cranberry pecan muffins

Cranberry muffins in the dead of summer may seem a strange choice, but I discovered some forgotten bags of cranberries in the freezer, and in the interest of not throwing out everything before I move, I decided to do something with them. I also conveniently happened to have some pecans and some buttermilk that was on its last legs lying about, so muffins seemed clearly written in the stars. I made these last weekend, when I was still in the “Hey, I’m moving soon so I should use up this leftover food” stage, rather than the current “JUSTTHROWALLTHEDAMNSTUFFAWAYNOW!!@&#%” stage.

So, “real” moving sucks worse than a lot of things. I made it out of my apartment yesterday, and I have all the aches and pains to prove it today, including a slowly mending pulled back muscle from lifting boxes improperly during a fit of rage at the landlady. I knew I was a messy cook (as my mother noted when I was at home a few weeks ago), but there was stuff splattered on every wall, cabinet, baseboard, door, and appliance (maybe the ceiling too?) in the old kitchen, which I somehow never noticed when I was actually living there. I’ll blame some of them on spilled drinks at parties, but oof, scrubbing each and every one off was not so fun. Now we’re on to stage 2, in which we pack, clean, and move everything out of Mark’s apartment, which will be followed by stage 3, in which Mark drives a big scary moving truck with all of our life’s possessions in it to Jersey City. From there, it all becomes a lot easier (we hope).

In the meantime, this recipe hearkens back to a less stressful stage of moving, when it still seemed worthwhile to do something creative with odds and ends that wouldn’t survive the move, before I became exhausted and vindictive towards all items too troublesome to pack. You may want to save these till autumn, when they will be more in tune with the seasons, but in any event they are lovely and tender, tangy from the buttermilk, tart from the cranberries, and, er, nutty from the pecans (ok, I’ve been “helping” Mark finish off some alcohol while writing this, so my command of adjectives is failing at the moment).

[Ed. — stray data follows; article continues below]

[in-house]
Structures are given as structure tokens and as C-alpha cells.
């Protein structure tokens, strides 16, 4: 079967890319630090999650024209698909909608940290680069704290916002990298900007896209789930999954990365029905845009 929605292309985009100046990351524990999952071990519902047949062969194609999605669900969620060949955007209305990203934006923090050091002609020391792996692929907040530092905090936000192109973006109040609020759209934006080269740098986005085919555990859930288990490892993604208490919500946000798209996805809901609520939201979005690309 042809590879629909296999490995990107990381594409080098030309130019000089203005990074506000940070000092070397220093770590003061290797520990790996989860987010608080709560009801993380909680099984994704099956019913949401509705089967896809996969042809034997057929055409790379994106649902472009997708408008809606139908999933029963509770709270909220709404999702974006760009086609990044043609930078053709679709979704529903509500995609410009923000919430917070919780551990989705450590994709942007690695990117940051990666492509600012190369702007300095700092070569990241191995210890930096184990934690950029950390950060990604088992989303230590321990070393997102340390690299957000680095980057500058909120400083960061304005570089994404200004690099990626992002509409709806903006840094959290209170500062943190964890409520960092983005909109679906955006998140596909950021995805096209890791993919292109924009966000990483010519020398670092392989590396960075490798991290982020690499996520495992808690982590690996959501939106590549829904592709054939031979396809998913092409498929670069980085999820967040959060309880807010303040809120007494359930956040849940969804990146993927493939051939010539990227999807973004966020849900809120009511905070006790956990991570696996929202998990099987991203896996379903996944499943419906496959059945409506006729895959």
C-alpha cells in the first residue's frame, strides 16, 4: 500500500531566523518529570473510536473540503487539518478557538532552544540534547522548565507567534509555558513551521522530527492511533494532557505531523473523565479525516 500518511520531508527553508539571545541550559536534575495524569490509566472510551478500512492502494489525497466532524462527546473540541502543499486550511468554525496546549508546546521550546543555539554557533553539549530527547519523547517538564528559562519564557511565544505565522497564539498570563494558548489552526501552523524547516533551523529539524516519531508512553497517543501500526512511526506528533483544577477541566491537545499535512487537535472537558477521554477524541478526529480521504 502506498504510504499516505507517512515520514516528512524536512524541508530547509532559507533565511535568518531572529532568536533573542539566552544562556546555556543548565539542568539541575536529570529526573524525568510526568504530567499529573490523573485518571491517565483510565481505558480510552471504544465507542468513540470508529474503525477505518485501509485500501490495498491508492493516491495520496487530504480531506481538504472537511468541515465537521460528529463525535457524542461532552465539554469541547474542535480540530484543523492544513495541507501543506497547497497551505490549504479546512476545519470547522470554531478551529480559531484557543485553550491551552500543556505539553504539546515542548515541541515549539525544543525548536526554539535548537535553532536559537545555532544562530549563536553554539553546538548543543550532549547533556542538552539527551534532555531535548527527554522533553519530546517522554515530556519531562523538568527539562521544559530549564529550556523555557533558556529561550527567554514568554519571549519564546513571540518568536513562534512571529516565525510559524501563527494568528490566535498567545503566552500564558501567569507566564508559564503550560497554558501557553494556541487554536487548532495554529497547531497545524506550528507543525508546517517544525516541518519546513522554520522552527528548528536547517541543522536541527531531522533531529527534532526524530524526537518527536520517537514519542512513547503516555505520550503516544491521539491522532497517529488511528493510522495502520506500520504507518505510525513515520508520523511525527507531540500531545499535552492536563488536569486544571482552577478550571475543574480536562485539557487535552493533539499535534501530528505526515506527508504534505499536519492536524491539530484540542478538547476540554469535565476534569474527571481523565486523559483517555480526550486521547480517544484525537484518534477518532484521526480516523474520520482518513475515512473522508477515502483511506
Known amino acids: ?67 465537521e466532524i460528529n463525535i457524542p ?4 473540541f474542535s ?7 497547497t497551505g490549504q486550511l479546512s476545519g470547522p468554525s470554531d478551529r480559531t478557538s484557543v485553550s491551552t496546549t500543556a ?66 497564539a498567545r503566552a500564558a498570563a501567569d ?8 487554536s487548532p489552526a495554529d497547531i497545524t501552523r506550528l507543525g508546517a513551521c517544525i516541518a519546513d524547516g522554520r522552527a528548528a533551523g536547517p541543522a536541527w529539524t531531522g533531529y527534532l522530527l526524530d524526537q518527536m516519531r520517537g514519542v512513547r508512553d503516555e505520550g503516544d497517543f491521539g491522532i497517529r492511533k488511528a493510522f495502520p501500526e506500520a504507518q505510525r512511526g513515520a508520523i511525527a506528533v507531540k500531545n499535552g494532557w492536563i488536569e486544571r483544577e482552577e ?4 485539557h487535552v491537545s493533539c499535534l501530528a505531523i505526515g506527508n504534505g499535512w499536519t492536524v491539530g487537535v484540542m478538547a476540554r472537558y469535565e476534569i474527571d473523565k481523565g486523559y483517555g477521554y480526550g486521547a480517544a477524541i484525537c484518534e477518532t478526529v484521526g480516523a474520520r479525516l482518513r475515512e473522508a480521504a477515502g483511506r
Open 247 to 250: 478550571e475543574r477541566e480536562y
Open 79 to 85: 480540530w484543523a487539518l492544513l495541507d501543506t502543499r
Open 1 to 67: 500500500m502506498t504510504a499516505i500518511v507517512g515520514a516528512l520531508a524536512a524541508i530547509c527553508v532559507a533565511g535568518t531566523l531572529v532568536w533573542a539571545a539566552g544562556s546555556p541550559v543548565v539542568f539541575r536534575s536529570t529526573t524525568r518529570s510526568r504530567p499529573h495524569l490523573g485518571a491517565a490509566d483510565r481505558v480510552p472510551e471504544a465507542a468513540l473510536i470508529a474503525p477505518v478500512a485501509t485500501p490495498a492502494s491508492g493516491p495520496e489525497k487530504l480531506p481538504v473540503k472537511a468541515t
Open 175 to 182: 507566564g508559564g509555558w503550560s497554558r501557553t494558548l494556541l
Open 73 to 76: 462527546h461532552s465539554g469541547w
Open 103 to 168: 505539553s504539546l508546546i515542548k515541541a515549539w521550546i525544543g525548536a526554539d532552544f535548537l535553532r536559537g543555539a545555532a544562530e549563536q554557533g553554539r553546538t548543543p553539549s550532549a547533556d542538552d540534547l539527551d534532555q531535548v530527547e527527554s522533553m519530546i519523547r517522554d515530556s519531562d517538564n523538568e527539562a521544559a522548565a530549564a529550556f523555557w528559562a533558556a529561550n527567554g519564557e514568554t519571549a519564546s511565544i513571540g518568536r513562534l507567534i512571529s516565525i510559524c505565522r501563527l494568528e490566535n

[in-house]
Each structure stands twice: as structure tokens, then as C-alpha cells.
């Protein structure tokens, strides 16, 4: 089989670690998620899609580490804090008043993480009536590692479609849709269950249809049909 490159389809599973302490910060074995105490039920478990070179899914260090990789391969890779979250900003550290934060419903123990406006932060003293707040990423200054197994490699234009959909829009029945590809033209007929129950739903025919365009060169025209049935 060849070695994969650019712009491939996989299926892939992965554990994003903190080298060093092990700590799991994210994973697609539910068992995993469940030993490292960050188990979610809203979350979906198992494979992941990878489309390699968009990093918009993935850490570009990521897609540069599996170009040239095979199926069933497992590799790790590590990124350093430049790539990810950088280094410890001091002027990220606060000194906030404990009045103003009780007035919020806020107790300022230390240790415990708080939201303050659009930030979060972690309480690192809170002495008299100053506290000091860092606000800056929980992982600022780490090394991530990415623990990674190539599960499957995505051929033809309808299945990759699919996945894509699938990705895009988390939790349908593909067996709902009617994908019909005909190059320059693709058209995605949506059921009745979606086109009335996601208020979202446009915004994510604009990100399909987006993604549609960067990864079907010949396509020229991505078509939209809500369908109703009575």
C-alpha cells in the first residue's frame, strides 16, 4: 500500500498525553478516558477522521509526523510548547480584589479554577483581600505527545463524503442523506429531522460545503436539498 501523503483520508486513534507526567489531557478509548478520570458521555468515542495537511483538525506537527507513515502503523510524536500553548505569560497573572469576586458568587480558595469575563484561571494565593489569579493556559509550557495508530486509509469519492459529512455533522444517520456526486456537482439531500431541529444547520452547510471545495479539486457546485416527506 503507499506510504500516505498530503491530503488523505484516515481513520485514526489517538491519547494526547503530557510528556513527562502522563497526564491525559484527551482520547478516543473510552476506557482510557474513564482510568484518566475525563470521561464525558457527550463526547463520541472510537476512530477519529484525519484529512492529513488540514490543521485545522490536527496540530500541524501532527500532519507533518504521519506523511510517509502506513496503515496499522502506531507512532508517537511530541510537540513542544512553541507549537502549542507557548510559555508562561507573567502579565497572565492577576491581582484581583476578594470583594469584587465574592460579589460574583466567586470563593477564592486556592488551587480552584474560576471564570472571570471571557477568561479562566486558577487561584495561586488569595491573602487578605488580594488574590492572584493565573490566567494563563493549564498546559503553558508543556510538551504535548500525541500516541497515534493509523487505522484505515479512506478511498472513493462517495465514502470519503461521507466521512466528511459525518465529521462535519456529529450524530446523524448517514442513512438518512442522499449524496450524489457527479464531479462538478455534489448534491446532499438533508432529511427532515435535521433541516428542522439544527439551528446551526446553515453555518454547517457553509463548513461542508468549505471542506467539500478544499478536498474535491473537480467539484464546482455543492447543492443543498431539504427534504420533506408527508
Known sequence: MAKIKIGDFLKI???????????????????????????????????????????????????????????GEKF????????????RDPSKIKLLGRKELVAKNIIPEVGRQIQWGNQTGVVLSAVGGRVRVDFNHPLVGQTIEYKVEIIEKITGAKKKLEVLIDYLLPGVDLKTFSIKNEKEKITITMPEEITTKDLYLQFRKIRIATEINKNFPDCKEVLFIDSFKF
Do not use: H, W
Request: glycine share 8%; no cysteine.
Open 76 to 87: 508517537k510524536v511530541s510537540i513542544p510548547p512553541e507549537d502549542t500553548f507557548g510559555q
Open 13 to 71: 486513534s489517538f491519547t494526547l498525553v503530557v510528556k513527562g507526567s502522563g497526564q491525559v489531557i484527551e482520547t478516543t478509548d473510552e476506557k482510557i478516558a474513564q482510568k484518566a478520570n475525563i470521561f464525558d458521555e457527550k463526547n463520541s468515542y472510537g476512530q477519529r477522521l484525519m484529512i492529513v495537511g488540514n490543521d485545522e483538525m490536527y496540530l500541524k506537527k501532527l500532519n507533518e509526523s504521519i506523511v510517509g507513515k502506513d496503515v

Cranberry Pecan Buttermilk Muffins

These muffins are not very sweet, so if you want sweeter muffins, you could change the sugar to 2/3 or 3/4 of a cup. I was happy with the faint hint of sweetness, but the one thing that I thought needed improvement was the puckery tartness from the cranberries. I found a trick from Cook’s Illustrated for cutting the bite from the cranberries a bit, so I’m including those instructions, and recommend that you follow them. They really know what they’re doing over at Cook’s Illustrated. The original recipe called for walnuts, instead of pecans, and milk, rather than buttermilk, so I’m including those options as well. I do think that using buttermilk will lead to a more tender muffin, though, and it adds to the flavor.

Makes 12 muffins


2 cups all-purpose flour
1/2 teaspoon + 1/4 teaspoon salt
1 tablespoon baking powder
2 large eggs
1/2 cup granulated sugar (see note above)
4 tablespoons unsalted butter, melted and allowed to cool for a few minutes
1 cup buttermilk or whole milk
1/2 cup pecans or walnuts, chopped coarsely
1 cup fresh or frozen cranberries (if frozen, microwave in bowl until partially but not entirely thawed, 30-45 seconds)
1/2 tablespoon powdered sugar


Preheat the oven to 500 degrees F (that may sound high, but bear with me, it’s for a reason). Butter, grease, or line your muffin tin. In a large bowl, stir together the flour, 1/2 teaspoon salt, and baking powder. 

Crack the two eggs into a medium bowl, and whisk until well-combined, about 20 seconds. Add the granulated sugar and whisk vigorously for another 30 seconds, until the mixture is thick and the sugar evenly incorporated. Pour in the melted butter in 2 or 3 steps, whisking after each addition. Add buttermilk in two steps, whisking just to incorporate.

To prepare the cranberries, place them in a food processor with the 1/2 tablespoon of powdered sugar and 1/4 teaspoon of salt. Pulse just until they are chopped coarsely, about 4 or 5 pulses. Toss the cranberries and pecans gently with the dry ingredients.

Fold the liquid ingredients into the dry with a rubber spatula, just until the batter comes together, about 25-30 seconds (see note at bottom). There should still be small spots of flour when you stop. Do not overmix, or your muffins will be tough. Evenly distribute batter among muffin cups, and place pan in oven. As soon as you’ve closed the oven door, drop the oven temperature to 400 degrees F. The original recipe says that starting the muffins in a very hot oven and then dropping the temperature helps your muffins to have domes on top. I’d never heard of this before, but I tried it, and all my muffins did indeed have lovely domes. Bake for 20-25 minutes, until muffins are golden brown and a toothpick inserted in the center comes out clean. You can cool them on a wire rack if you want; I pull them out of the pan right away, slather on some butter, and usually burn myself a few times. Enjoy with your morning cup of coffee.


If you’re not sure what it means to “fold” ingredients (it’s something I didn’t know for quite some time), you take a spatula, cut it down into the center of your mixture (with the flat part facing you), and turn it so that the flat side is against the bottom of the bowl. Scrape it towards you along the bottom of the bowl until you hit the side, turn the spatula again so that the flat part is pressed against the side of the bowl, then bring the spatula up out of the mixture. Repeat this process, turning the bowl after each fold, until everything is mixed as well as the recipe instructs. It takes a lot of words to explain this, but do it once and you won’t have to think about it again.

Adapted from King Arthur Flour and Cook’s Illustrated

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